It’s mojito season again which means we have to keep an eye on Ingrid. Something about the muddled mint and ice melting at the bottom of that sweaty highball (her third one!) gets her scanning for prey behind those cat-eye sunnies smudged with Katy’s potato salad. Something about track two on Now That’s What I Call Music! 23 bleating from Rick’s college stereo on the deck reminds us: we used to be hunters too. Promiscuous. Once young enough for boozy benders and a slap on the ass without consequence when we prowled for someone to rap Timbaland’s part and we pretended to be Nelly Furtado, gorgeous and sly. Only problem is Ingrid still hasn’t figured out we don’t hunt like that anymore. Of all the wives on this cul-de-sac of manicured lawns and manicured nails and manicured marriages, Ingrid’s always been the one who brushes close enough to know there’s a hard-on for her behind those khaki shorts, the one who might actually end up fucking someone if we’re not careful.
But none of us blames our horny husbands. No. That could only implicate us. Suggests we might not be the ones holding up our end of the “deal,” the long rope of marriage too limp in our grip to make much of a difference anymore. Our attentions fractured and distracted, too busy recalibrating the endurance needed for the domestic haul.
It’s easier to blame Ingrid.
It’s cool though. We let it slide because we’re all best friends. A force. A house of cards. We need each other. To trade turns in the kids’ carpool when someone’s got an early meeting with the boss. To track down a pair of used size 3 ice skates in the middle of hockey season. Drop everything to check out the new rib joint two towns over and report for duty as emergency contact when the school nurse calls about a fever and do late night airport pickups, braless and without bitching. Recommend a good tailor to let out the hip seams of a matron of honor dress in a godawful shade of green. Send over the best brand of ginger tea to get through chemo. This is the power among us. We all know something vital, mortared together by the fear of loneliness. Anyone gets cut from the group and we all fall down because our husbands sure as shit aren’t gonna pick up the slack and no one has time to shore up a broken foundation. So we stop the cracks before they creep any deeper. We stop Ingrid from ruining herself. From ruining us.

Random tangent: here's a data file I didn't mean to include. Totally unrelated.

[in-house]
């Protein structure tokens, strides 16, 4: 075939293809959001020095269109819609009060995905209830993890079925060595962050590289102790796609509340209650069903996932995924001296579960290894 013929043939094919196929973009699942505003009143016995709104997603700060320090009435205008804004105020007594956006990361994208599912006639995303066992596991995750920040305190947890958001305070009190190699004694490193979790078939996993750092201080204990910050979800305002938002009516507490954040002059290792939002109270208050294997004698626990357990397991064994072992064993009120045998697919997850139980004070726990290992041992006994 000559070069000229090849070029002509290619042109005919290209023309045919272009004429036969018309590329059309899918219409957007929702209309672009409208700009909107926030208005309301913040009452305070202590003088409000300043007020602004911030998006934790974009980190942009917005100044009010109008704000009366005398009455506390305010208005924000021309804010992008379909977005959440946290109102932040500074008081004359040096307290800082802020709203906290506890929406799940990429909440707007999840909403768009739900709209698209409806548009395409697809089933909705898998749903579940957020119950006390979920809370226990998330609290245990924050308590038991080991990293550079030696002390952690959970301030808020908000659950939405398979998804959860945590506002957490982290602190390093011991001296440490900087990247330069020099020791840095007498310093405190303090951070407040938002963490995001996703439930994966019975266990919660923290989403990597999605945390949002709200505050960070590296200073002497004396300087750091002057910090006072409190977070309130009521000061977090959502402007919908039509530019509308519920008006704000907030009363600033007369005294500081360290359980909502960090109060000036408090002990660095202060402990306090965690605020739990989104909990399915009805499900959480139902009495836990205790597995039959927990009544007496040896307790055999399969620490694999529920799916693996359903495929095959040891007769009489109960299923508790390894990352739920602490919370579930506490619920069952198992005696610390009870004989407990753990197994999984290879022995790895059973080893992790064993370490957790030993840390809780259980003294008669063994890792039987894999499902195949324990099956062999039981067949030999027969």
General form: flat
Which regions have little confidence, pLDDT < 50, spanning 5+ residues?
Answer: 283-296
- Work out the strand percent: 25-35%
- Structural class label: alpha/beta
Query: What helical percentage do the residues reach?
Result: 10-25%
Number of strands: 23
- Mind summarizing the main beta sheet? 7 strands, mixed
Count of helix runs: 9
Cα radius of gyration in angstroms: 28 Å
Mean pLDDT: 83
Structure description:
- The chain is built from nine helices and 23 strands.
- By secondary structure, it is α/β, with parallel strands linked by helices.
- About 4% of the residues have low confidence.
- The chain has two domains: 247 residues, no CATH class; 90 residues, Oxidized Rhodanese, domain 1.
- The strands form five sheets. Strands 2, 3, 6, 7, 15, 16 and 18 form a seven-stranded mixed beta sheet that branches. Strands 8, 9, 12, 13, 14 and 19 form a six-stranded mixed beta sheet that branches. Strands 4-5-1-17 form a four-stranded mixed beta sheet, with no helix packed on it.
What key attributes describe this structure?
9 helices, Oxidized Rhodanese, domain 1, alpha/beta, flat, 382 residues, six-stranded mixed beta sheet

From the makeshift bar in the garage, Ingrid shouts to Katy’s husband. “Hey, Rick! I think you’re out of ice. Who wantsssss to drive me down to the market to grab sssssome?” The cooler slams closed. She stands waiting next to a jumble of lacrosse gear and cracked plastic sleds, her talons clicking against her empty glass.
Ingrid’s husband is turning brats on the grill and doesn’t hear. Or pretends not to. A few of the other men pat their pockets and feel for their keys, look for a place to set down their beers. Troy clears the corners of his mouth just like he does before he kisses me when he gets home at night and starts walking toward Ingrid.
We take notice and mobilize.
Katy pulls Rick by the elbow and orders him to put the rolls and mustard on the table. Liz and Na’ama look at me and move closer to their husbands. It must be my turn again. I swallow down the last warm sip of limey rum, the fizz of soda water long gone. A piece of mint gets stuck at the back of my throat as I cough out, “Gimme your keys, Troy. I’ll run over to our house. We’ve got some in the freezer.”
I wiggle my feet back into my flip flops and start toward the driveway where he is standing. He grabs my hand as I start to reach inside his pocket. “You sure? I can head to the store with Ingrid and just grab a few bags . . .” He points his thumb over his shoulder.
I adjust the prosthetic breast inside my bra and stare at him. “I said I’ve got it.” He hands me the house key. I nod toward Ingrid swaying in the dark garage behind him. “Maybe you should get her some water instead.”